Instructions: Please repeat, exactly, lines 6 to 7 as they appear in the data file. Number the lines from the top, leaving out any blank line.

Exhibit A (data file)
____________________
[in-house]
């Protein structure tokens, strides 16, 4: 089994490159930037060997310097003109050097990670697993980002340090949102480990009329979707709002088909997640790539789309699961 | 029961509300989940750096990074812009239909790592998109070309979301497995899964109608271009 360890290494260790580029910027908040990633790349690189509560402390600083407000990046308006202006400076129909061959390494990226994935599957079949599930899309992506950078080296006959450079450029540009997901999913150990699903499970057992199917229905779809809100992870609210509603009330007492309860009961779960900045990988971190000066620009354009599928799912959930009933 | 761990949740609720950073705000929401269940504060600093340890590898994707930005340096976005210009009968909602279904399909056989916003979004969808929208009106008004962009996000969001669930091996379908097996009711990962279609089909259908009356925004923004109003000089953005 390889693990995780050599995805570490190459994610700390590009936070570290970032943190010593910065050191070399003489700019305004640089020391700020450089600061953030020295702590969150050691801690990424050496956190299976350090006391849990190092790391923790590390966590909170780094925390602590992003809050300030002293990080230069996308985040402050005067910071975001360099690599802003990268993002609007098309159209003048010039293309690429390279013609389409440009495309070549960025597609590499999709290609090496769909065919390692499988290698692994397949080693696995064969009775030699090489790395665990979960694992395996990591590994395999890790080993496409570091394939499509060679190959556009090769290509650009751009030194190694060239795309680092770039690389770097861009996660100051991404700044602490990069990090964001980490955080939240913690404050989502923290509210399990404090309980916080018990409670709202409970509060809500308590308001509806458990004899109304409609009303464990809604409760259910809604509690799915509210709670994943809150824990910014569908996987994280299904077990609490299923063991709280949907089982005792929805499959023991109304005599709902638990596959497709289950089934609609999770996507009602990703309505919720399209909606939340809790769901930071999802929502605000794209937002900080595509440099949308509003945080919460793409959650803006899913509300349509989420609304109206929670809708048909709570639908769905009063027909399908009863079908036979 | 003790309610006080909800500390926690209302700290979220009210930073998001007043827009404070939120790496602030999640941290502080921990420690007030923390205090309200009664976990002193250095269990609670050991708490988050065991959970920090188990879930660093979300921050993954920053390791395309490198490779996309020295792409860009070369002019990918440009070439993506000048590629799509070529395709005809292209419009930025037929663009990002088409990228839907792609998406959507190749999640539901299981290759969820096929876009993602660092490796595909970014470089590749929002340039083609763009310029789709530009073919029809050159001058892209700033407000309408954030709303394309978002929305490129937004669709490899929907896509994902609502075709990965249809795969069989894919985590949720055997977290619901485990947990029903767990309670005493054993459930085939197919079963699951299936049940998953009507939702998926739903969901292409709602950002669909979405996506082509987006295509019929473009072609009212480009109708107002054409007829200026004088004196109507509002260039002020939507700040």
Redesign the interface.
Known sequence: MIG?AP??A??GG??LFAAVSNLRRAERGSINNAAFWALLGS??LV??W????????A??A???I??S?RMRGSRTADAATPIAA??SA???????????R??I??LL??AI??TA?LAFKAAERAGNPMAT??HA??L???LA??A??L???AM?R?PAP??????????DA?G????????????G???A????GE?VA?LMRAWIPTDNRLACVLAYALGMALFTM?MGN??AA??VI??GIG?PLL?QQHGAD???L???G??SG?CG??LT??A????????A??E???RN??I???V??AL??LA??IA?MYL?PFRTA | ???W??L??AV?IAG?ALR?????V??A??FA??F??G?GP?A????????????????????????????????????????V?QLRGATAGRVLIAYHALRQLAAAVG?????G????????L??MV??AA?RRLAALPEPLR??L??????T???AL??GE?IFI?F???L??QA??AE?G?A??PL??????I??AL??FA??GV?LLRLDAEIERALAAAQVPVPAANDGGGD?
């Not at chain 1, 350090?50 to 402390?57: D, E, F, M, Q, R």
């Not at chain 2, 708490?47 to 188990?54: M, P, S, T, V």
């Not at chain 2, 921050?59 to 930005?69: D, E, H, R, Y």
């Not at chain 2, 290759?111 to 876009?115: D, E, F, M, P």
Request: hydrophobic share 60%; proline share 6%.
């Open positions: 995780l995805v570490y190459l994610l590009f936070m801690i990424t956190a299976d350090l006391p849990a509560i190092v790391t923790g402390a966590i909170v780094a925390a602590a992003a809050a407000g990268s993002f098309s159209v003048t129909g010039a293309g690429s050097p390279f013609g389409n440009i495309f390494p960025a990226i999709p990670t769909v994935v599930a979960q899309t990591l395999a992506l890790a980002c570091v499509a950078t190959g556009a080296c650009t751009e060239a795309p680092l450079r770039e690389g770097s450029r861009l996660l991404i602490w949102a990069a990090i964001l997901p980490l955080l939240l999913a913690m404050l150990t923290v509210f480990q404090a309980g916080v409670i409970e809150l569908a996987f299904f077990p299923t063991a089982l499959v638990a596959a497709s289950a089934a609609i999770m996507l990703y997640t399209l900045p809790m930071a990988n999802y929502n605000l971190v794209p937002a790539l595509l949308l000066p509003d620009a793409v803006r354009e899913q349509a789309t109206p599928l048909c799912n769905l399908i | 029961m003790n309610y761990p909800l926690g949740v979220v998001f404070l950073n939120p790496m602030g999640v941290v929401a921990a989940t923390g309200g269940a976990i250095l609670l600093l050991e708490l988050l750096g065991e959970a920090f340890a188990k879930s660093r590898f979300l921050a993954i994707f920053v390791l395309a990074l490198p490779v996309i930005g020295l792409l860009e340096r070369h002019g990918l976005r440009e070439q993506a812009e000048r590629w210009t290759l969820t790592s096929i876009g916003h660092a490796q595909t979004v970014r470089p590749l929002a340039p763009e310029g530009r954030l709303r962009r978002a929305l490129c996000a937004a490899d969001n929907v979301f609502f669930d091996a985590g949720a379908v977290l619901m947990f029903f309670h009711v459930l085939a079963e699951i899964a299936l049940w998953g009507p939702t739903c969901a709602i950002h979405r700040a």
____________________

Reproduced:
């Not at chain 2, 708490?47 to 188990?54: M, P, S, T, V």
């Not at chain 2, 921050?59 to 930005?69: D, E, H, R, Y």